Well it's been almost a month since we're back from my blockbuster birthday holiday. Andrew planned this trip for months and unraveled it before me day by day in a kind of rolling surprise celebration. We started in Bath, England with some delightful pampering at the Thermae Bath Spa. On a pit stop (another surprise) we went to the Paragon Gallery in Exeter where, for my birthday present, I picked out a gorgeous print for our home. Next to Padstow where we indulged in all things Rick Stein, seafood celebrity chef (love him!). His presence there is so apparent, the town is also affectionately known as Padstein. We did loads while we were there, which was enough in itself. Little did I know however, that there was more, much more, to come. When we returned home for an overnight before heading out on the road again (somewhere in the North; Scotland perhaps?), Andrew announced we were instead going to New York City! Incredulous, I demanded to see the plane tickets... which were of course just email printouts (doesn't it lose something?), but there it was, proof of us travelling from Manchester to JFK the very next day. Not enough? We arrived in New York Friday afternoon, and on Saturday night, when we went to meet my parents for dinner, I came face to face with over 70 of my favorite people, family and friends, all gathered together (by Andrew) to celebrate my 50 years in this wonderful world.

Afterwards, we got to do some fantastic sightseeing, including a visit to Fire Island, the new High Line and a rip roaring dinner at Sammy's Roumanian! Here are some photo highlights of our trip...

Sunday, June 28, 2009

Writing White Coppice

Yesterday I attended a writing workshop sponsored by the folks from Rainy City Stories at one of the local libraries in Wigan. It was a poetry writing workshop where the focus of our writing was to be about 'place' and its meaning for us. I hadn't thought about it in that way, but really 'place' has played an unusually important part in my life lately, my being an emigre and all. Anyway, our first task was to write a triolet (sounds like "Frito Lay"), a poem with certain repeating lines. I chose to write about White Coppice, a place I wrote about on this blog in a very early post. Here is my triolet (my ode to White Coppice) and a couple more pictures from a visit there.

Because it gave me my first vista of England's North West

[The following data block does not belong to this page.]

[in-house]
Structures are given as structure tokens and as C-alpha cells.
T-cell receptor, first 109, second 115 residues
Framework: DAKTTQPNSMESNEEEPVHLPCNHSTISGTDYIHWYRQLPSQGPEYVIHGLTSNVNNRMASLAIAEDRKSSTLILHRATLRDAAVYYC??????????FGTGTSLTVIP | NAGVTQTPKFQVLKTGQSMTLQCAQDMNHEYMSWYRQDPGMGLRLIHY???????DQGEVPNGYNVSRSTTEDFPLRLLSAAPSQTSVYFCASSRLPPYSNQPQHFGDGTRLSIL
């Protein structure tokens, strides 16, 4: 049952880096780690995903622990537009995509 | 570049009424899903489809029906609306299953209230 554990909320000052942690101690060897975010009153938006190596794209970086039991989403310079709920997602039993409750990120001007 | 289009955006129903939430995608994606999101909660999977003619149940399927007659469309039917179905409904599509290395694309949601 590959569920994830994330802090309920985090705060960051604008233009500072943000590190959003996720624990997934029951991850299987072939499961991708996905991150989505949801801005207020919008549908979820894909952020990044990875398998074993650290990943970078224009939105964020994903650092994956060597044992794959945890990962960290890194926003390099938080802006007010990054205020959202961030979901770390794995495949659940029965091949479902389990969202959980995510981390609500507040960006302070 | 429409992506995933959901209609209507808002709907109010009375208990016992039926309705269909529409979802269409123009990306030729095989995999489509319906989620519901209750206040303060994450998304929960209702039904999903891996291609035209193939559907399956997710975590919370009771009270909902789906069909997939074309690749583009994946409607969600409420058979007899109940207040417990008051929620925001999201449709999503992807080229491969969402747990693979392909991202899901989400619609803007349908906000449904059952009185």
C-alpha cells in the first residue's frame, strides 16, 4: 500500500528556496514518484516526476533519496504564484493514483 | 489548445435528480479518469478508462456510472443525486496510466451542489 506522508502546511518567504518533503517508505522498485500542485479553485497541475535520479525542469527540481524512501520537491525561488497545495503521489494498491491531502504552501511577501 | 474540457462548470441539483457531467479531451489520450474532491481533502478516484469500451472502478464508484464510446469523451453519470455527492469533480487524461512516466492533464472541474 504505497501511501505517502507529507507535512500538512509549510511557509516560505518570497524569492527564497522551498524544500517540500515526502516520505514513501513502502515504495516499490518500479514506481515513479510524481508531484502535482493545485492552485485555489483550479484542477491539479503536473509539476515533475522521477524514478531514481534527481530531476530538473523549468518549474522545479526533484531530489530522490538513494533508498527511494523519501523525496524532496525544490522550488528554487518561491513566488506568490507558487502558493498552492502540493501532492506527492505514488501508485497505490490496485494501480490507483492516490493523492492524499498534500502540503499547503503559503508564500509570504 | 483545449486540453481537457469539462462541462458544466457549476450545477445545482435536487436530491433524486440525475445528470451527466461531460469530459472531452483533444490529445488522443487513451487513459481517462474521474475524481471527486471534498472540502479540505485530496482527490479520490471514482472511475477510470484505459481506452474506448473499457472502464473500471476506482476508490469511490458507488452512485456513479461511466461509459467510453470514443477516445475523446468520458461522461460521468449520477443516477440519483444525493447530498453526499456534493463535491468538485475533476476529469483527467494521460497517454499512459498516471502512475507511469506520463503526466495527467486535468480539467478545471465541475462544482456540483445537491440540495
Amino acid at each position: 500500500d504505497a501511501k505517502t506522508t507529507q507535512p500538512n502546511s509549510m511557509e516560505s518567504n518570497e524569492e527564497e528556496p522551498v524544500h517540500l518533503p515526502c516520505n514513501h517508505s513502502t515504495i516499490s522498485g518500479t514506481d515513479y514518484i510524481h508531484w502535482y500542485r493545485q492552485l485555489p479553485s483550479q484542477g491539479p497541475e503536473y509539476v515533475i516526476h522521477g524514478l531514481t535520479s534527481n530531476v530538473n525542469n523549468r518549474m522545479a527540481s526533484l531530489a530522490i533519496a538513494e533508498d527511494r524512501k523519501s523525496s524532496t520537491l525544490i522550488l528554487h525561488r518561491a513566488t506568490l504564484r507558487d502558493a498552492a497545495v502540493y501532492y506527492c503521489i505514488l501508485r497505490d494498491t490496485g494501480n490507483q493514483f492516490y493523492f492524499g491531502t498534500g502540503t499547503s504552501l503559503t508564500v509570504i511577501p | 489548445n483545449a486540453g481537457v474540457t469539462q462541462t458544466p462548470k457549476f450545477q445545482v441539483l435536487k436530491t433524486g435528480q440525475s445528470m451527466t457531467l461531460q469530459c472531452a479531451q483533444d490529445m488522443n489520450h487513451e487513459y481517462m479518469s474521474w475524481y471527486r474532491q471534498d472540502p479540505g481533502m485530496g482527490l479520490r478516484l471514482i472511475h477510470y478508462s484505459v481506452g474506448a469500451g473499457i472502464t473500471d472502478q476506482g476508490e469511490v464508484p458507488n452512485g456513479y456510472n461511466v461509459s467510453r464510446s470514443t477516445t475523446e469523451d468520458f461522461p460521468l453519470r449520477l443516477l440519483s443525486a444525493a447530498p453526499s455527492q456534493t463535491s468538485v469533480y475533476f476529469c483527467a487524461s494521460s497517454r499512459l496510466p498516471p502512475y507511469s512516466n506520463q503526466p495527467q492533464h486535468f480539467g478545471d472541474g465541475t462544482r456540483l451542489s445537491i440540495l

I love White Coppice
Each time you visit, it feels like a new discovery
Because it gave me my first vista of England's North West
Like stumbling onto Niagara Falls for the first time
with a cricket field stuck in time, stuck in my head
Because it gave me my first vista of England's North West
I love White Coppice

Monday, May 25, 2009


It occurred to me recently, as I listened to my "Harvard Business Review" podcast, that I clearly have not embraced the ways and means of my host country. I religiously watch Sky+ TV tapings of the "Daily Show with John Stewart", devour my weekly international edition (I use this term loosely) of Time magazine, and have lately been spending an inordinate amount of time listening to the Allman Brothers. I beg Andrew to take me to Costco's so I can stock up on the American products I long for, like Skippy peanut butter and Chicken of the Sea solid white tuna (though I note that I've had to compromise on the brands, since the ones I prefer are not available even at Costco, but close enough). It seems I am the embodiment of the stereotypical immigrant: the snivelling, obdurate emigre who comes to live and work in a new land yet refuses to assimilate. I can only now fully appreciate why adults who move abroad cling to the features, sounds and images of their home country; I suppose it's only natural. I realize we are most happy with and comforted by the things on which we were raised and are most familiar, and if I had been born here I would crave and seek that which I currently find not so much to my taste.


After our trip last year to Venice, Italy, I made a post on this blog, comparing the Grand Canal in Venice with the Leeds to Liverpool canal in Wigan. This year, we went to beautiful Paros, Greece but I'm hard pressed to compare the climes of Wigan with this sunny island in the Aegean. Five days home..... five days unrelenting rain. Ah, but there is an exception to every rule and we had a glorious day of sunshine in the North West on Sunday. Here are some photos from our trip last week. Also check out our new friends' blog on Paros (friends are new, not their blog!).